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New Advanced Imaging Research Center Director drawn to latest upgrades for MRI facility
Dr. Anke Henning, the Director of a UT Southwestern research facility housing some of the world’s most sophisticated imaging equipment, rushes in for a meeting. On this day, she combines lunch with an interview, finishes in time to make it to back-to-back meetings, then finalizes plans for a Grand Canyon hiking trip with her family.
It’s been a busy year since she arrived from the Max Planck Institute for Biological Cybernetics in Germany to take over as Director of UT Southwestern’s Advanced Imaging Research Center (AIRC). In that time, she’s focused on defining and implementing a research strategy that emphasizes the development of advanced human and animal imaging technologies and translates these to use in UTSW’s clinical and basic science departments.
To accomplish this goal, Dr. Henning wants to recruit five or six faculty members with the expertise to realign the Center’s focus and is adding staff to her lab. She also plans major improvements to the Center’s infrastructure, including the upgrade of existing and installation of new human and animal imaging instrumentation as well as renovation of laboratory and office space.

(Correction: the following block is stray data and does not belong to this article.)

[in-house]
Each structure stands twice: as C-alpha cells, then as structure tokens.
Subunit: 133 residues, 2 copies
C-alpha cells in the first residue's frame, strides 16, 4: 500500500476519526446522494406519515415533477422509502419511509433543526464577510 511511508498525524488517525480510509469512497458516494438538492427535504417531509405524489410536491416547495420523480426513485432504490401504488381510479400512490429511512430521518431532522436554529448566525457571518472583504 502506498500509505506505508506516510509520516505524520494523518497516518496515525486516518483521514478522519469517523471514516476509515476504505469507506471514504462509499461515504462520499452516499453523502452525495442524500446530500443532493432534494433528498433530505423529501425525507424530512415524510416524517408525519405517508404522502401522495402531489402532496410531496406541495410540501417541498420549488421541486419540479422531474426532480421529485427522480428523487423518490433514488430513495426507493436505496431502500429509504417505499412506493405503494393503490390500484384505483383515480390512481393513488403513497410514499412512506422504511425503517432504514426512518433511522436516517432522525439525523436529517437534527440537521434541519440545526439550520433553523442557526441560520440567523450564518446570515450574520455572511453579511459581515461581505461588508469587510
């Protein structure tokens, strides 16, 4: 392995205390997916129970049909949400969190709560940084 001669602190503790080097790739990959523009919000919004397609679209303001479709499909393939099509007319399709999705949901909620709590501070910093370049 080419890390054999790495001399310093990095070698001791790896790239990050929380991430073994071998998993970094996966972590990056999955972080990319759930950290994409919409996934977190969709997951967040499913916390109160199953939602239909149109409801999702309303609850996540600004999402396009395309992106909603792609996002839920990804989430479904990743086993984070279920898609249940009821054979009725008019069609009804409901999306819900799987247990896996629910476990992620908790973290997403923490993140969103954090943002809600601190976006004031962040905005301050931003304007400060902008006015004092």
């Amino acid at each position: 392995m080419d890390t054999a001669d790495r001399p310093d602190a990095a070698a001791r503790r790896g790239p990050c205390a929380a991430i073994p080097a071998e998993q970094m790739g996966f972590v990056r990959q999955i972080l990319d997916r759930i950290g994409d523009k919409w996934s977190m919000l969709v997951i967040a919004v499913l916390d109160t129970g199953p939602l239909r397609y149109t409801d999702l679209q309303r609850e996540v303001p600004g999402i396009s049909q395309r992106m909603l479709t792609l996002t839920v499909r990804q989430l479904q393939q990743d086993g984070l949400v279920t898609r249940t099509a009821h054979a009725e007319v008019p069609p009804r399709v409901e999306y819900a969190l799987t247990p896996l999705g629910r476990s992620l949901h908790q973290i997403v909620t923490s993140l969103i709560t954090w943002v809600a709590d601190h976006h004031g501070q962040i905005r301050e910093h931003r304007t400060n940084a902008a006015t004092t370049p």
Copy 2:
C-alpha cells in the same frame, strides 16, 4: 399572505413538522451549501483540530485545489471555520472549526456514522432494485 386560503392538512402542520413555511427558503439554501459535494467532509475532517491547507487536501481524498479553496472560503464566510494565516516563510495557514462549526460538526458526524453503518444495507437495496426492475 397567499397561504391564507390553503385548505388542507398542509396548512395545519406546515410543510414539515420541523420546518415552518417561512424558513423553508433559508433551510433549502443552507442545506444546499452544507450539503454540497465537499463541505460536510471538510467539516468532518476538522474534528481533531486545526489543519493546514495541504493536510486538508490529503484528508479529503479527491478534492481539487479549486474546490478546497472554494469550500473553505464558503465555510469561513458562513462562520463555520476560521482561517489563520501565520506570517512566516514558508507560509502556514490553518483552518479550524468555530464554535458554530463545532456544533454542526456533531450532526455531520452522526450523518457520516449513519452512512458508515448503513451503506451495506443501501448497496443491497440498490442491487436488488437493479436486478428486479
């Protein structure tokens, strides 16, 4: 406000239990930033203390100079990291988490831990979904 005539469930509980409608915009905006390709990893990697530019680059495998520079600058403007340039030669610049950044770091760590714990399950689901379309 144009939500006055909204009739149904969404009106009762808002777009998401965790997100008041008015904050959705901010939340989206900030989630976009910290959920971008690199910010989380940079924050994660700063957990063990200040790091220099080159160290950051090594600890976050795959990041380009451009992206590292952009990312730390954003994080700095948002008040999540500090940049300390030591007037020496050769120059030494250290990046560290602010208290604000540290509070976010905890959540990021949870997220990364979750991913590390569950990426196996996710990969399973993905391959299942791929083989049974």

In her previous job in Tuebingen, Germany, Dr. Henning worked with one of the world’s three operational 9.4 tesla (9.4T) human whole-body MRI scanners, machines three times as strong as most patients encounter. In Dallas, she is applying for funding and negotiating with vendors to bring a 9.4T MRI to UT Southwestern, or maybe even one of the world’s first 11.7T super strength human MRI scanners.
Then there are the considerations to house such a powerful magnet. “It has to have 500 tons of steel shielding around it,” she says. It might go in next to the room holding the existing 7T, which is surrounded by 1-foot-thick steel walls, she says. (The AIRC installed the Southwest’s first 7T MRI machine for human research in 2007.)